The hens will live for approximately 3 years and will die, but each growing season there will be plentiful offsets which will bear chicks which will grow and so the cycle continues.
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I wonder how someone ever came up with the name, hen & chicks? I love the name as much as your cute pots. They are fun to grow. I didn't know that about the flowers, but you'll laugh, I don't like the flowers, so I always cut them off once they get started. Wouldn't it be fun to have a large succulent garden with lots of hen & chicks? I think that would be so cool.
Thanks for sharing all your wonderful tips! Now I just need some sunshine in order to grow some. 😉
I thought the same thing about the name. I always called them chicks and hens and then realized without the hens, there wouldn't be any chicks...the things I ponder. 😉
How can I get my hens and chicks out of the strawberry pot they're in? Its huge and over populated. I'm afraid I'll kill them all.
Hi Stephanie, I would start by just gently removing a few of the hens and chicks, maybe 25% (or less) of all of the plants in that pot. I would use a small spoon (a sturdy plastic spoon may work) rather than a larger garden tool. First, work your way around the individual plant you want to transplant with the spoon very carefully and then when the dirt has been loosened, lift the plant out and place it in its new pot. While doing the "lifting" of the plant you'll want to be sure you go a little deep so that you get as much of the root network as possible. Not all of your plants will live through the transplant process and that's normal so don't be discouraged. I will mention that some of my plants dropped babies into the dirt around the pots and those took root all on their own and have lived through the winter and flourished, which is so nice and proof that these plants are hardier than we think! Please let me know how this works for you. I would love to hear. Regards, MB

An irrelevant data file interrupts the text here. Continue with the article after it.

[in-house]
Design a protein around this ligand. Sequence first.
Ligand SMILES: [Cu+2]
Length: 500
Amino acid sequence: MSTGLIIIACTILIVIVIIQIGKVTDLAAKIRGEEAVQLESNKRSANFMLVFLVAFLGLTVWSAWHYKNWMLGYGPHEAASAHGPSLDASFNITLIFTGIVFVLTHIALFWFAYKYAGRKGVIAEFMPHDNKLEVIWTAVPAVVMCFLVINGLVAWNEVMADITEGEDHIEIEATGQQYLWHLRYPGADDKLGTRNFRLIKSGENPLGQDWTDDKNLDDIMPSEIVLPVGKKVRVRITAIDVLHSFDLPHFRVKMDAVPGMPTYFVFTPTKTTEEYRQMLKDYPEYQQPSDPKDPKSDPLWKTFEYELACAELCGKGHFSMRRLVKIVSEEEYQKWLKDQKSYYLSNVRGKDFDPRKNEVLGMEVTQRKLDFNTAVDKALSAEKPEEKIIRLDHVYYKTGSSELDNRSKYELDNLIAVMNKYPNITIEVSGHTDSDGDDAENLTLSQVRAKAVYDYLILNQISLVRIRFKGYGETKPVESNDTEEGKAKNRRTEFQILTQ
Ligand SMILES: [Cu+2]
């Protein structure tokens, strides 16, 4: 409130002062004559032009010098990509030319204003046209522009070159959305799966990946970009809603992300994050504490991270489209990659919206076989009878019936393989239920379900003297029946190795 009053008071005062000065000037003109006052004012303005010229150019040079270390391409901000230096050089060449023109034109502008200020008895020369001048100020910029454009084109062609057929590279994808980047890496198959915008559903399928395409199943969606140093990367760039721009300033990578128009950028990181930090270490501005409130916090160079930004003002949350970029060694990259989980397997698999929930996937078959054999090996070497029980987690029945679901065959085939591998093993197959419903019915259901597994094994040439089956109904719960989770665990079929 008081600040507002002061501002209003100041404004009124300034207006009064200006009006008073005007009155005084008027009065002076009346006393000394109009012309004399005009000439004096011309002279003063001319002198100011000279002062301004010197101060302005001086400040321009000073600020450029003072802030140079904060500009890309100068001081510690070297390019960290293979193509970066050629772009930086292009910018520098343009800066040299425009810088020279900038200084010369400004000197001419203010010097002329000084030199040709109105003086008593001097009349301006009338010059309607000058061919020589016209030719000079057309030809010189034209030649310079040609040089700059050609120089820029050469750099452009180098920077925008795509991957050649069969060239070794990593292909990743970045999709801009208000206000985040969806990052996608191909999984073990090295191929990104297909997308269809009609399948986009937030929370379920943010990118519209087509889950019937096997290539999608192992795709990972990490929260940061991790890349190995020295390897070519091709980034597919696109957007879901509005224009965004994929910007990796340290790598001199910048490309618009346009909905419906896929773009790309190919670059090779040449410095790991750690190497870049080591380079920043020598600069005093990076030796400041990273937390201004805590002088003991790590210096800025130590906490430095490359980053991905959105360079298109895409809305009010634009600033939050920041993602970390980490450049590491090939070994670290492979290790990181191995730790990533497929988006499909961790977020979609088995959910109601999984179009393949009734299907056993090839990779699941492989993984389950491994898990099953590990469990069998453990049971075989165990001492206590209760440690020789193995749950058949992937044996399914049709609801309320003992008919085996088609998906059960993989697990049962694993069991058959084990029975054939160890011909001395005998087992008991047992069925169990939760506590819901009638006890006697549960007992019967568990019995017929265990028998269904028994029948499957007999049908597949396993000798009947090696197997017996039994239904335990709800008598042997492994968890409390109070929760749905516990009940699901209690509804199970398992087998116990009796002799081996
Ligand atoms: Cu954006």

Hi this year is my first spring planting my hens and chicks which I truly adore . I have one issue I cant seem to find the proper pot strawberry pot and the few I did find on amazon or ebay were extremely expensive and way out of my spending range. Just curious to know if anyone has any info on where I can possibly purchase a few pot I would greatly appreciate it thank you so much...
Hi Jen, I was at my local Home Goods yesterday and they had some reasonably priced strawberry pots. I hope that helps and if I find them anywhere else, I'll update this reply.
I found a reasonably priced strawberry pot yesterday at a Rural King store. Hoping to plant my hens & chicks this weekend in it.
Hi Terri, Thank you so much for letting me know about finding a pot at Rural King. I have one not too far from my house and will hopefully be able to get one there! Have a great summer.
MaryBeth, I enjoyed your article on maintaining your hens and chicks. Here in central NY I've had good luck leaving them out all Winter. You are right. Drainage is a great idea. But I also collected driftwood from one of our lakes and I discovered placing potting soil in one of the depressions, an inch or two, and adding some chicks would start another colony. Enjoy your gardening and keep well, Claudia
Thank you so much for the wonderful idea for starting a new colony, Claudia! You enjoy your gardening as well. xo